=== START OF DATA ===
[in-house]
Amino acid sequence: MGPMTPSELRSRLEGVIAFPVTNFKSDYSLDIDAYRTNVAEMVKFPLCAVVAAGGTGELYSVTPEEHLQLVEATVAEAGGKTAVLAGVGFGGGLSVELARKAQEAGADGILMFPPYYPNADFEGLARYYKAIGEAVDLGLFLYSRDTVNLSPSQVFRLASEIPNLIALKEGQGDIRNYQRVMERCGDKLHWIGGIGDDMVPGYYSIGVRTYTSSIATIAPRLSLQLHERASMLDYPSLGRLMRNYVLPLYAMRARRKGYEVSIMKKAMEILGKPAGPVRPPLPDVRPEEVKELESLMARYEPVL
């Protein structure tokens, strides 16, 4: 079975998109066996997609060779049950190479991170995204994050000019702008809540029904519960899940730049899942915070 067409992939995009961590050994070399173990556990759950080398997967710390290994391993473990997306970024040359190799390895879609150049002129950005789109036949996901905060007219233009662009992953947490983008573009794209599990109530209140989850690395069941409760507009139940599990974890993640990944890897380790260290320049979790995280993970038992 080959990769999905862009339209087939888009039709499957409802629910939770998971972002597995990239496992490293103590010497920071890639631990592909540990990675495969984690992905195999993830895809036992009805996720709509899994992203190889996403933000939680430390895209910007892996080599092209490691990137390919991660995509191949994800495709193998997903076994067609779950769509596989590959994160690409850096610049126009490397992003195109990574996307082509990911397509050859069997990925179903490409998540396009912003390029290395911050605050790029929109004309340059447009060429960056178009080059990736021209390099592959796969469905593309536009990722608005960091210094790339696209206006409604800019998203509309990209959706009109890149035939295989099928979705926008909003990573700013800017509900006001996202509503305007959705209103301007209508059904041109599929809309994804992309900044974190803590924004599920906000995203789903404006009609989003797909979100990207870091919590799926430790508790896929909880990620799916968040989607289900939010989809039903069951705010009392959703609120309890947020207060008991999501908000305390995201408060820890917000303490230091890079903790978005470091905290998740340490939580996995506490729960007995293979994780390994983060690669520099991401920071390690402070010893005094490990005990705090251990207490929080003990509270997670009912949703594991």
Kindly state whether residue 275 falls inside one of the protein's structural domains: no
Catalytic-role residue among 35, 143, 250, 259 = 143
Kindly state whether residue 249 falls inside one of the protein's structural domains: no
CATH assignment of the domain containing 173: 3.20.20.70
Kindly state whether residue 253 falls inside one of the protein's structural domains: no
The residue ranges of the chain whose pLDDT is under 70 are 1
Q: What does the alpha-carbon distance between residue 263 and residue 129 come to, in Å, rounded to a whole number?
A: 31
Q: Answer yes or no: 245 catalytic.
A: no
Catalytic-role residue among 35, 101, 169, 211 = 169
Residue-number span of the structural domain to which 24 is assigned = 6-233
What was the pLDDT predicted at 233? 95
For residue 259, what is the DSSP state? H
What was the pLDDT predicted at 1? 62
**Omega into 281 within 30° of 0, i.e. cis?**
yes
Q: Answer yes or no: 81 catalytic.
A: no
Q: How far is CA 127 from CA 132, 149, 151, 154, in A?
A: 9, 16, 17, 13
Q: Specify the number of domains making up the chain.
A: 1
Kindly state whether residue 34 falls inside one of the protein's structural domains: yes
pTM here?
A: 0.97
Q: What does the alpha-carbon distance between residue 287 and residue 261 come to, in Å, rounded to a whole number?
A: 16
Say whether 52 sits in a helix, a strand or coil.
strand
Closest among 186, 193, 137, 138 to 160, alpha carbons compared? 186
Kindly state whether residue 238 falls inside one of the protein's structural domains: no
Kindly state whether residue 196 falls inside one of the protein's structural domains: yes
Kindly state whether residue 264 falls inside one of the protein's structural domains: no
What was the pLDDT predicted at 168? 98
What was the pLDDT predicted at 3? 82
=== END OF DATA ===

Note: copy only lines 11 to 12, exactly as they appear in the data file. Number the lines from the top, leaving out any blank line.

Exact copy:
A: 31
Q: Answer yes or no: 245 catalytic.